Tyler Cowen points me to this from the Economist:
Most trading in bitcoin takes place in China: Huobi and OKCoin, two Chinese exchanges, are thought to account for more than 90% of transactions. The currency seems to have become an outlet for Chinese savers frustrated with their limited investment options and searching for high-yielding assets. The Chinese authorities are worried enough to have banned banks from dealing in bitcoin, but individuals are still free to speculate and have been doing so with gusto.
….China has also become the global hub for bitcoin mining, the process by which heavy-duty computing power is used to process transactions involving bitcoin, earning those doing the processing some new bitcoin as compensation. Over 80% of new bitcoin are now minted in data centres in places like Sichuan and Inner Mongolia.
One of the selling points of e-currencies like Bitcoin is that their decentralized nature makes them inherently free of government meddling. But is that really true? I’ve long thought that techno-evangelists show far less respect than they should toward meatspace assets like nuclear bombs, gun-wielding police forces, ownership of fiber optic networks, vast fortunes in physical goods, and so forth. This is, for example, why so many of them were naive enough back in the 90s to believe that the internet would spell doom for traditional marketing—only to wake up a few years later and discover that traditional marketers had adapted remarkably quickly to their supposed revolution. It turned out that high IQs aren’t limited to Silicon Valley, and that websites and Google searches and Facebook advertising posed no more of a challenge to the existing order than television did in the 50s.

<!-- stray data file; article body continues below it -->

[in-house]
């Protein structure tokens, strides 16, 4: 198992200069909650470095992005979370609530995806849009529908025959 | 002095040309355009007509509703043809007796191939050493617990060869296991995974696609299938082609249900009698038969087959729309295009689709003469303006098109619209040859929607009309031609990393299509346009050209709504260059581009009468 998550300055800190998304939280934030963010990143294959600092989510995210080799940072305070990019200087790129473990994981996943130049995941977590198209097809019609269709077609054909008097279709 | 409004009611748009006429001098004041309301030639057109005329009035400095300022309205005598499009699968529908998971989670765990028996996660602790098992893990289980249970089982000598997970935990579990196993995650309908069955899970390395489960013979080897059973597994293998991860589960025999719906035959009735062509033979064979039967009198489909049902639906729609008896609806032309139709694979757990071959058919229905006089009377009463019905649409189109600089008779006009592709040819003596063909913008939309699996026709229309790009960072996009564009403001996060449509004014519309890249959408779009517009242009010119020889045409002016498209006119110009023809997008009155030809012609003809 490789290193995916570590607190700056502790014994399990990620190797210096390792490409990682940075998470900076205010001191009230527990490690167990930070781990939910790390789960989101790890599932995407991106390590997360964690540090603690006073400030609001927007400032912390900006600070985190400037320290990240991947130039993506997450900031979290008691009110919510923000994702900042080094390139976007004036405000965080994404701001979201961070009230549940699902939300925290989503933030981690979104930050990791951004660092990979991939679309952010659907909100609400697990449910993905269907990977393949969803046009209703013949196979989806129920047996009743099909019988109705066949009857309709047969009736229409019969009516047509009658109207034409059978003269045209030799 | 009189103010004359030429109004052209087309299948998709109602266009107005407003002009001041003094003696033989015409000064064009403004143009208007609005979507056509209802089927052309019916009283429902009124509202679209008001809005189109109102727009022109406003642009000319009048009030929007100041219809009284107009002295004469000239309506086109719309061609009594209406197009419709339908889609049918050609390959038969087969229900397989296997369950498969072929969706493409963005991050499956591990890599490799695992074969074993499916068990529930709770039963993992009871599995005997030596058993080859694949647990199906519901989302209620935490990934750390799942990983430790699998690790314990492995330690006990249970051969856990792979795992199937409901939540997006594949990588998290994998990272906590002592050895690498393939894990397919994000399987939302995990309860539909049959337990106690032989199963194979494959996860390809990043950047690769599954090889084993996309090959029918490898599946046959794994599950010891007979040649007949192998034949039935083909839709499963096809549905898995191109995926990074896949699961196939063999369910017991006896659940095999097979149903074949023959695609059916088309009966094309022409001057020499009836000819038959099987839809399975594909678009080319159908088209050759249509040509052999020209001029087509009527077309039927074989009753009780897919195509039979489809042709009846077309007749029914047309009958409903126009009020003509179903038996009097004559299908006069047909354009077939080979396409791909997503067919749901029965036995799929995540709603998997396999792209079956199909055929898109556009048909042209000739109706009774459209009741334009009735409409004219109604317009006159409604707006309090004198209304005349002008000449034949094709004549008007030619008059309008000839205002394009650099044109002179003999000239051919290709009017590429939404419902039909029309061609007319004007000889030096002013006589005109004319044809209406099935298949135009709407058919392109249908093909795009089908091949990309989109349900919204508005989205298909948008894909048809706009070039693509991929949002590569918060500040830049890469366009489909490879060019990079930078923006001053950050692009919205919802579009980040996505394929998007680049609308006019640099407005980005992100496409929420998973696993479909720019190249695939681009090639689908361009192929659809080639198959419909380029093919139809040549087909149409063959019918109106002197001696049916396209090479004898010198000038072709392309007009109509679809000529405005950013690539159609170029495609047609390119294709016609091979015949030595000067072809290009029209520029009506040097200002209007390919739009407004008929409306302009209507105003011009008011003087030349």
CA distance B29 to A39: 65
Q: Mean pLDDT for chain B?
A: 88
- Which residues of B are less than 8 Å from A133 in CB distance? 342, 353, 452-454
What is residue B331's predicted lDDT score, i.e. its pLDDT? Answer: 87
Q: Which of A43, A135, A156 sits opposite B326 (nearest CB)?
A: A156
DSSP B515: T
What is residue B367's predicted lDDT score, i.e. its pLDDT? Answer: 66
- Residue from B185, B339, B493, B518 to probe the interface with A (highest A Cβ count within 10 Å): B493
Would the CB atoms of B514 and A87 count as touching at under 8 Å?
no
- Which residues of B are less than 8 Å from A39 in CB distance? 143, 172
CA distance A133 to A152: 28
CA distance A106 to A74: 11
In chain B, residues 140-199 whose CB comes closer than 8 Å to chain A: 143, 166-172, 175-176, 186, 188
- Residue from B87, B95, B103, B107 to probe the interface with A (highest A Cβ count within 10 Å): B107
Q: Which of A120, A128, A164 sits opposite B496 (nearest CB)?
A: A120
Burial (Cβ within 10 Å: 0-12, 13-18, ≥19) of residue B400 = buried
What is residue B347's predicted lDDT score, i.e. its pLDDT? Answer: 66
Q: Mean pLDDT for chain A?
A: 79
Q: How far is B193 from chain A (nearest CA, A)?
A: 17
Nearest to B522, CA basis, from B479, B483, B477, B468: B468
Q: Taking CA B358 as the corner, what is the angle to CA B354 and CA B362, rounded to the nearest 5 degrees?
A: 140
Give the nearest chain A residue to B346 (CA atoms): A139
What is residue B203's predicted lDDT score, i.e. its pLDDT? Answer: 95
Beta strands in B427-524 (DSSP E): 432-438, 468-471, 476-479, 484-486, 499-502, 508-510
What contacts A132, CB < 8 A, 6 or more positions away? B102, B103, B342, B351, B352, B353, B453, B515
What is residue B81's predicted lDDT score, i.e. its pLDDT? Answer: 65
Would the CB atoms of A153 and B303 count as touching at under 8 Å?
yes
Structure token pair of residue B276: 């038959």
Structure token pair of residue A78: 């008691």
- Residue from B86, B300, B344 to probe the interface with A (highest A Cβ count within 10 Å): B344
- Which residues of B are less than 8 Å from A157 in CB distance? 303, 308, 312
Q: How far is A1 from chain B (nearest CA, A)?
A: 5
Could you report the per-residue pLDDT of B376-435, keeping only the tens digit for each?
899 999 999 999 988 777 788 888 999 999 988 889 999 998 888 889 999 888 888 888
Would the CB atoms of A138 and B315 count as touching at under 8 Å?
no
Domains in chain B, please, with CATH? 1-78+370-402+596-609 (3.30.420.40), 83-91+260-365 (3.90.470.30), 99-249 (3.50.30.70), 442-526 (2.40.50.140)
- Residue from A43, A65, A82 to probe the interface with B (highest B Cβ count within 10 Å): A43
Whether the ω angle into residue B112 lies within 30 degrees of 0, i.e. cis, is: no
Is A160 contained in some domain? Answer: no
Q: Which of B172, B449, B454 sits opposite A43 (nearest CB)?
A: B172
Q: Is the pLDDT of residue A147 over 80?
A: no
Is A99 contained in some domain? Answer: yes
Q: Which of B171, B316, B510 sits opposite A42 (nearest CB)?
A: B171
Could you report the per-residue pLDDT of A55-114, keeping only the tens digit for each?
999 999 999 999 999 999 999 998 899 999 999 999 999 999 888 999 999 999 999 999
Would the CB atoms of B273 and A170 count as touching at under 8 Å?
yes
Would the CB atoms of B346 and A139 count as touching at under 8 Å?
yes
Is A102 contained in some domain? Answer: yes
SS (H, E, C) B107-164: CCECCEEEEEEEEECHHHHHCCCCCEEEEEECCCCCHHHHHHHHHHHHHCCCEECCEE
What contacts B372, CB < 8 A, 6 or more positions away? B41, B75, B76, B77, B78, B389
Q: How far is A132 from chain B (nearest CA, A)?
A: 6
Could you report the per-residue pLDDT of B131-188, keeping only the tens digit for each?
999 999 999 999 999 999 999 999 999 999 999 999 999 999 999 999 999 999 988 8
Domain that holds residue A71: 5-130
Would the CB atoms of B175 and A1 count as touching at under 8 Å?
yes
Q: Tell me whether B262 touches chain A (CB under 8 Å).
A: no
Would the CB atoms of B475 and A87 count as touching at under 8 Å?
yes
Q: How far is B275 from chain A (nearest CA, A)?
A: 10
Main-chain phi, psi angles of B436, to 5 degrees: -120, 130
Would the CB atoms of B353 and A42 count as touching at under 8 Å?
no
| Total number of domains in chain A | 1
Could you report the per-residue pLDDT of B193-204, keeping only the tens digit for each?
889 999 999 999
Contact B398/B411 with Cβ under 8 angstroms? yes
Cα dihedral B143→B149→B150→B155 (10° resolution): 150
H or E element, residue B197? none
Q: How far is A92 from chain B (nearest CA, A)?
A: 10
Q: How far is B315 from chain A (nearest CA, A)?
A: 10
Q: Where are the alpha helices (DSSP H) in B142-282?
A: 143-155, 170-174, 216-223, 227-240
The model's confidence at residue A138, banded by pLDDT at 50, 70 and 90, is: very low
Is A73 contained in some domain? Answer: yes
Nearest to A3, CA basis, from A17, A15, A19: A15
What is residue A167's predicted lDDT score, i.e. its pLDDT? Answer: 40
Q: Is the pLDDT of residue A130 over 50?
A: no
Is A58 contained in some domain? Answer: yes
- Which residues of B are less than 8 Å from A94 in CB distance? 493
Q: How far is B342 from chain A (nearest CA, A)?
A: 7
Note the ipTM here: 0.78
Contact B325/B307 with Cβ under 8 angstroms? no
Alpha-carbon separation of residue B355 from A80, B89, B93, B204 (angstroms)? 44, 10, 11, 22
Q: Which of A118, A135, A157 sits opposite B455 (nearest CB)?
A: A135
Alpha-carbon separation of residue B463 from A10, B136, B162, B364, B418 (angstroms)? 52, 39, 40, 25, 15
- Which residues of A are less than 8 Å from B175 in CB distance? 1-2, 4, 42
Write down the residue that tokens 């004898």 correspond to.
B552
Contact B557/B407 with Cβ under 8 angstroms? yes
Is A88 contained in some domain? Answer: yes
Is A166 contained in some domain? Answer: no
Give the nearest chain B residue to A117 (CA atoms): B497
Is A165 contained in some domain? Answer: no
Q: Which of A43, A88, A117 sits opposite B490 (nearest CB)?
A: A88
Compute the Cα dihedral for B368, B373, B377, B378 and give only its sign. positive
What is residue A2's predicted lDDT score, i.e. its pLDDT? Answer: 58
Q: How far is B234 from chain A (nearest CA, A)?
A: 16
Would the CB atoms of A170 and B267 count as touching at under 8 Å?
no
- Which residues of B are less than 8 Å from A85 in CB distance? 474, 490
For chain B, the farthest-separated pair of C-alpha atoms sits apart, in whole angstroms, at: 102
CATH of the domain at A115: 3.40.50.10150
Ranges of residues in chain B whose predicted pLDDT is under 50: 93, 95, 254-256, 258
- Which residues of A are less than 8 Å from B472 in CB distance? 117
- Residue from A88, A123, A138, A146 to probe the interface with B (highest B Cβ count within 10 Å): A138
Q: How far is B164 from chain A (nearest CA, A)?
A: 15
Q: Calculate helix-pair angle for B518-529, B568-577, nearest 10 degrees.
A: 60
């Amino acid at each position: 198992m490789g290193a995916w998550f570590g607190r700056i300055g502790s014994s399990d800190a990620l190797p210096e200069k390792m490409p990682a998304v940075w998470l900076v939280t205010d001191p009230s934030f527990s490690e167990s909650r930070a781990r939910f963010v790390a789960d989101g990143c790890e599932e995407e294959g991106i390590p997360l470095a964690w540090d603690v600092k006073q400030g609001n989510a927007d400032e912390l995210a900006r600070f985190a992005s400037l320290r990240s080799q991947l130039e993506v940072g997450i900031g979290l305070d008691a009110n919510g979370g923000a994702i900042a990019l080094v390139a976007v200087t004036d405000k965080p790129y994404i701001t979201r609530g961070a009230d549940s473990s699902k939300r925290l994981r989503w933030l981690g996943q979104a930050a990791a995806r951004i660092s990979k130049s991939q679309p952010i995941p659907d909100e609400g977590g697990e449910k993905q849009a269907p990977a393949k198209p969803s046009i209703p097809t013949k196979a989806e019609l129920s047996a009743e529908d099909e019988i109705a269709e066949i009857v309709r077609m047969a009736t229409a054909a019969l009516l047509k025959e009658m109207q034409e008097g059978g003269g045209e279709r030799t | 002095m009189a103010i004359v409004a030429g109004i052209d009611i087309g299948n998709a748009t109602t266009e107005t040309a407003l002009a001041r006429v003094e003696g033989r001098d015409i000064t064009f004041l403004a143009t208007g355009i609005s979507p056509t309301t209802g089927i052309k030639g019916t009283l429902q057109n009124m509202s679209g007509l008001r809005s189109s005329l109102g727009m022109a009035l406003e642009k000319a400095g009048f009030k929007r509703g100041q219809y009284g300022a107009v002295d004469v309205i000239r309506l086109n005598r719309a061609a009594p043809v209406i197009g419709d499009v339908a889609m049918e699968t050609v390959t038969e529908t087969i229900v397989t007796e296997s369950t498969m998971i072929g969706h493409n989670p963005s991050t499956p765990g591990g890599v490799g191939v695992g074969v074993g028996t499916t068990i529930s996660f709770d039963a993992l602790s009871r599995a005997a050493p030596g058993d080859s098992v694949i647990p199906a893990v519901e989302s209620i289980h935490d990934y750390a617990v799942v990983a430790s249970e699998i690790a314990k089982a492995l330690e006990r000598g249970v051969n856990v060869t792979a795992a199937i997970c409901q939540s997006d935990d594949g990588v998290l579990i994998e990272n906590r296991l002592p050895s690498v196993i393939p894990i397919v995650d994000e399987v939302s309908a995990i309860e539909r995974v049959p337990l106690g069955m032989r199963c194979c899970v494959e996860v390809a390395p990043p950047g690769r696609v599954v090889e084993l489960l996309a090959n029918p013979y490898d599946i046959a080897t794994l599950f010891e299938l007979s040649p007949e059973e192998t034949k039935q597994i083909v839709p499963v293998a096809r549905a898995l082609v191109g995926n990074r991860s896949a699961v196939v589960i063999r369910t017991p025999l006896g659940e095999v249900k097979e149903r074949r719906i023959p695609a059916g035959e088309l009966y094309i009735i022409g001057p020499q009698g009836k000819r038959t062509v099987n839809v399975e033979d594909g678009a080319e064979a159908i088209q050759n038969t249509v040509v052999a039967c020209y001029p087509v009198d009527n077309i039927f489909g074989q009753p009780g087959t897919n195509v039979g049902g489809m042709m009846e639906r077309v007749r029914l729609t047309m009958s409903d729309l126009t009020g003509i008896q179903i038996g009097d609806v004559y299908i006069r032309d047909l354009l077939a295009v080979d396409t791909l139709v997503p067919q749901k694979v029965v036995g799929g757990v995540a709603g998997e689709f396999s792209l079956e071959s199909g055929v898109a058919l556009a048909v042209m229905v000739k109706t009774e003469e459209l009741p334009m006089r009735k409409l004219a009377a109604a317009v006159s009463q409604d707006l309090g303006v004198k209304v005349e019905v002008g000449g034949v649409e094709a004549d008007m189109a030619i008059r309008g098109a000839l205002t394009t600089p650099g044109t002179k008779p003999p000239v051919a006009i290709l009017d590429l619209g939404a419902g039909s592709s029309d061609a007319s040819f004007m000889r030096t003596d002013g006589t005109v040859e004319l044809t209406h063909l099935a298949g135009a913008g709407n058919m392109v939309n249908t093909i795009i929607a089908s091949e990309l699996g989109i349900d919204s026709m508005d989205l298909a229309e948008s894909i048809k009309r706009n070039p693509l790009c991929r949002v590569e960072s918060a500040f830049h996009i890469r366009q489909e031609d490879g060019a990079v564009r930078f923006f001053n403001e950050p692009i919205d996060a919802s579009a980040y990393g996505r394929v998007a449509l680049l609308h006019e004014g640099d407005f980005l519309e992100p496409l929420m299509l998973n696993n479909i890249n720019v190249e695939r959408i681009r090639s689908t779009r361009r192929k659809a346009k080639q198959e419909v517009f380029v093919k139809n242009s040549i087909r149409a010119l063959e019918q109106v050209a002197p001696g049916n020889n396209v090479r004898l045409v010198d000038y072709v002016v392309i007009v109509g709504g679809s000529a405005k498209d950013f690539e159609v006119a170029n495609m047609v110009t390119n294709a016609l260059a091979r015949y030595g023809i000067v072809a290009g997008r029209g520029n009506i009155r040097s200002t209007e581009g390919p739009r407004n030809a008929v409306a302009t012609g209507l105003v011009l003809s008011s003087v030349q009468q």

So is Bitcoin really safe from government meddling? It has been so far, but only in the same sense that an ant is safe from my boot as long as it doesn’t annoy me. China, however, has already proved that a meatspace government can, in fact, crush the digital world if it’s sufficiently motivated to do so. It’s not even all that hard. So if e-currencies are now mostly a ploy for evading Chinese capital controls, I’d say we’re about to learn pretty quickly whether (a) e-currencies can grow big enough to matter, and (b) national governments are truly helpless to do anything about them. I’ll put my money on the meatspace men in Beijing if push ever comes to shove on this.